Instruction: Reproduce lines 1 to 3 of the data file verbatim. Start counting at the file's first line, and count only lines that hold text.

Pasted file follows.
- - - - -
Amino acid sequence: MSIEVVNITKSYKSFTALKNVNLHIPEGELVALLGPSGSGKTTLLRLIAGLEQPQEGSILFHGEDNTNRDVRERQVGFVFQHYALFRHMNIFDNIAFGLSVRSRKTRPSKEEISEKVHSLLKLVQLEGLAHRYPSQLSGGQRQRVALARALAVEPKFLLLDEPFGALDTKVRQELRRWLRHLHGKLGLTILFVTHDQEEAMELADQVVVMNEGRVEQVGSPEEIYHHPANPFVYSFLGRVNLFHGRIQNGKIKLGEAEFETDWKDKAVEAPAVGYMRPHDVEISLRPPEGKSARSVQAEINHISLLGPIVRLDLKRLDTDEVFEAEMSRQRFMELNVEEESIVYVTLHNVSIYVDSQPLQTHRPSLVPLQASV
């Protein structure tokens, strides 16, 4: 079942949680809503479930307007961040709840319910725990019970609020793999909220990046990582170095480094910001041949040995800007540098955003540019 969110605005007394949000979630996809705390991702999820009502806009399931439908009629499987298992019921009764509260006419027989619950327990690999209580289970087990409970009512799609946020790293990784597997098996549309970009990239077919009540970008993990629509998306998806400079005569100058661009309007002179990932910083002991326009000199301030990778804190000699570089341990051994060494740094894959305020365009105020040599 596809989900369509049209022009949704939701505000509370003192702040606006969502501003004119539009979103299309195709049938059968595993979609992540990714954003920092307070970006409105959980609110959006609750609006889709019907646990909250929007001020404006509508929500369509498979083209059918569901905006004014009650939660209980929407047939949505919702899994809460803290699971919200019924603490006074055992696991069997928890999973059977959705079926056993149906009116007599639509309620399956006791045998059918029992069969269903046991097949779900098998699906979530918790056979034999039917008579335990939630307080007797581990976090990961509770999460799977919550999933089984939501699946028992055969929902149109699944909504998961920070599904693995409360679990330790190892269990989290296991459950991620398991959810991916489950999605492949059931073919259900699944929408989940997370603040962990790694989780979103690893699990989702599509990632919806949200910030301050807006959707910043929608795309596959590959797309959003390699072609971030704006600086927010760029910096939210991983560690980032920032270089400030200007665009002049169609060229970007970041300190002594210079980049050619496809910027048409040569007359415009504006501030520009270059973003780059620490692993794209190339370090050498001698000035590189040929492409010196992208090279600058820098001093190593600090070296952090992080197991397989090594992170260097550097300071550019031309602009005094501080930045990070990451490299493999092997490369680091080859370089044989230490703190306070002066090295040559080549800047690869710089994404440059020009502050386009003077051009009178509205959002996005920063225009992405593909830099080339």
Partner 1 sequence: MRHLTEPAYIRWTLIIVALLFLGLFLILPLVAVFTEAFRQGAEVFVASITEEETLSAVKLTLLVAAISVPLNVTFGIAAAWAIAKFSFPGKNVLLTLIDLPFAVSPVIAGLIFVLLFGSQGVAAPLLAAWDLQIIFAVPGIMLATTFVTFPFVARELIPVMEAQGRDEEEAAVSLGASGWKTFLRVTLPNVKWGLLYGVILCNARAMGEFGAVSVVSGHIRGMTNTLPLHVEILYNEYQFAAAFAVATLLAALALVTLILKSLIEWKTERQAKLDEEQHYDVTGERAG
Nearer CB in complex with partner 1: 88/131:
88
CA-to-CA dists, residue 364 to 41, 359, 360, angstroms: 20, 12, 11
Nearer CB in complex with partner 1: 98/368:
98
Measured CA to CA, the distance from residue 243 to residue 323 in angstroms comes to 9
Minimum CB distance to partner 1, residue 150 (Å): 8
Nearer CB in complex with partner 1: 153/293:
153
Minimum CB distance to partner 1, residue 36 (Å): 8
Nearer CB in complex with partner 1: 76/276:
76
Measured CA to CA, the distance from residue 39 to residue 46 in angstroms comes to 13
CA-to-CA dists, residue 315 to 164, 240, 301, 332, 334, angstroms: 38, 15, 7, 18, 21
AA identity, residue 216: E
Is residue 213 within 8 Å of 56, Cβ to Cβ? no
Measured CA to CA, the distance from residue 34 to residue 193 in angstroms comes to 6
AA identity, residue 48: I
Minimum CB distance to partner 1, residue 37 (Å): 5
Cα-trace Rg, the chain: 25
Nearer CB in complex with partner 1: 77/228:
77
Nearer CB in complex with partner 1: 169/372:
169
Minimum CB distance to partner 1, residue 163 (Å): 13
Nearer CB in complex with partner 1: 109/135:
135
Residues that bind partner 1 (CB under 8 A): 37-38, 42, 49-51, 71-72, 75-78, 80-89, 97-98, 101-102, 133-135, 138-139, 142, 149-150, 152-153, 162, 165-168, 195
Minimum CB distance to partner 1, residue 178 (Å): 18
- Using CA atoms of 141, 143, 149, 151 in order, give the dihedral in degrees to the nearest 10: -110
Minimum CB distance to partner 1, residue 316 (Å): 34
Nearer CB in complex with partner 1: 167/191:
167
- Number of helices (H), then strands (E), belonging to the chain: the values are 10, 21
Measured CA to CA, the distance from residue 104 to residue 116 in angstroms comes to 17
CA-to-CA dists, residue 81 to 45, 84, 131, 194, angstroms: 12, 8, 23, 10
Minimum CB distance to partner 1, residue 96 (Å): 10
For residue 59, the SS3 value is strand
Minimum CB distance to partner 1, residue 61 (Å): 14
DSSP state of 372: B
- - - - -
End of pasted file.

Amino acid sequence: MSIEVVNITKSYKSFTALKNVNLHIPEGELVALLGPSGSGKTTLLRLIAGLEQPQEGSILFHGEDNTNRDVRERQVGFVFQHYALFRHMNIFDNIAFGLSVRSRKTRPSKEEISEKVHSLLKLVQLEGLAHRYPSQLSGGQRQRVALARALAVEPKFLLLDEPFGALDTKVRQELRRWLRHLHGKLGLTILFVTHDQEEAMELADQVVVMNEGRVEQVGSPEEIYHHPANPFVYSFLGRVNLFHGRIQNGKIKLGEAEFETDWKDKAVEAPAVGYMRPHDVEISLRPPEGKSARSVQAEINHISLLGPIVRLDLKRLDTDEVFEAEMSRQRFMELNVEEESIVYVTLHNVSIYVDSQPLQTHRPSLVPLQASV
């Protein structure tokens, strides 16, 4: 079942949680809503479930307007961040709840319910725990019970609020793999909220990046990582170095480094910001041949040995800007540098955003540019 969110605005007394949000979630996809705390991702999820009502806009399931439908009629499987298992019921009764509260006419027989619950327990690999209580289970087990409970009512799609946020790293990784597997098996549309970009990239077919009540970008993990629509998306998806400079005569100058661009309007002179990932910083002991326009000199301030990778804190000699570089341990051994060494740094894959305020365009105020040599 596809989900369509049209022009949704939701505000509370003192702040606006969502501003004119539009979103299309195709049938059968595993979609992540990714954003920092307070970006409105959980609110959006609750609006889709019907646990909250929007001020404006509508929500369509498979083209059918569901905006004014009650939660209980929407047939949505919702899994809460803290699971919200019924603490006074055992696991069997928890999973059977959705079926056993149906009116007599639509309620399956006791045998059918029992069969269903046991097949779900098998699906979530918790056979034999039917008579335990939630307080007797581990976090990961509770999460799977919550999933089984939501699946028992055969929902149109699944909504998961920070599904693995409360679990330790190892269990989290296991459950991620398991959810991916489950999605492949059931073919259900699944929408989940997370603040962990790694989780979103690893699990989702599509990632919806949200910030301050807006959707910043929608795309596959590959797309959003390699072609971030704006600086927010760029910096939210991983560690980032920032270089400030200007665009002049169609060229970007970041300190002594210079980049050619496809910027048409040569007359415009504006501030520009270059973003780059620490692993794209190339370090050498001698000035590189040929492409010196992208090279600058820098001093190593600090070296952090992080197991397989090594992170260097550097300071550019031309602009005094501080930045990070990451490299493999092997490369680091080859370089044989230490703190306070002066090295040559080549800047690869710089994404440059020009502050386009003077051009009178509205959002996005920063225009992405593909830099080339």
Partner 1 sequence: MRHLTEPAYIRWTLIIVALLFLGLFLILPLVAVFTEAFRQGAEVFVASITEEETLSAVKLTLLVAAISVPLNVTFGIAAAWAIAKFSFPGKNVLLTLIDLPFAVSPVIAGLIFVLLFGSQGVAAPLLAAWDLQIIFAVPGIMLATTFVTFPFVARELIPVMEAQGRDEEEAAVSLGASGWKTFLRVTLPNVKWGLLYGVILCNARAMGEFGAVSVVSGHIRGMTNTLPLHVEILYNEYQFAAAFAVATLLAALALVTLILKSLIEWKTERQAKLDEEQHYDVTGERAG